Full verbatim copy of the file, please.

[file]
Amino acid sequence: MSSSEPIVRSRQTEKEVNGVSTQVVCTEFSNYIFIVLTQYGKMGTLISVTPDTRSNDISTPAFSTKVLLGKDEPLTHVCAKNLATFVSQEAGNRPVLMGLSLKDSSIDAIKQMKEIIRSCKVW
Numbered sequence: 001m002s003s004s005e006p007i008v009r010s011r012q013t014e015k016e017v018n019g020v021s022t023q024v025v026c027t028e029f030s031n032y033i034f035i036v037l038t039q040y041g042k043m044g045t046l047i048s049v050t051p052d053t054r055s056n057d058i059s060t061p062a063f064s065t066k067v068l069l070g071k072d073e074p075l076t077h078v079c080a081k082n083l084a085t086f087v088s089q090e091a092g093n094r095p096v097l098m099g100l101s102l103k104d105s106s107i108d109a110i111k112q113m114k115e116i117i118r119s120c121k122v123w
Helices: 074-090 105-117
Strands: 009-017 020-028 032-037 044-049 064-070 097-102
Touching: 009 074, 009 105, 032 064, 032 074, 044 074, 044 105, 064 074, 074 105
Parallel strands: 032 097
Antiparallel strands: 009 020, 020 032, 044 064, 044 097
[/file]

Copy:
Amino acid sequence: MSSSEPIVRSRQTEKEVNGVSTQVVCTEFSNYIFIVLTQYGKMGTLISVTPDTRSNDISTPAFSTKVLLGKDEPLTHVCAKNLATFVSQEAGNRPVLMGLSLKDSSIDAIKQMKEIIRSCKVW
Numbered sequence: 001m002s003s004s005e006p007i008v009r010s011r012q013t014e015k016e017v018n019g020v021s022t023q024v025v026c027t028e029f030s031n032y033i034f035i036v037l038t039q040y041g042k043m044g045t046l047i048s049v050t051p052d053t054r055s056n057d058i059s060t061p062a063f064s065t066k067v068l069l070g071k072d073e074p075l076t077h078v079c080a081k082n083l084a085t086f087v088s089q090e091a092g093n094r095p096v097l098m099g100l101s102l103k104d105s106s107i108d109a110i111k112q113m114k115e116i117i118r119s120c121k122v123w
Helices: 074-090 105-117
Strands: 009-017 020-028 032-037 044-049 064-070 097-102
Touching: 009 074, 009 105, 032 064, 032 074, 044 074, 044 105, 064 074, 074 105
Parallel strands: 032 097
Antiparallel strands: 009 020, 020 032, 044 064, 044 097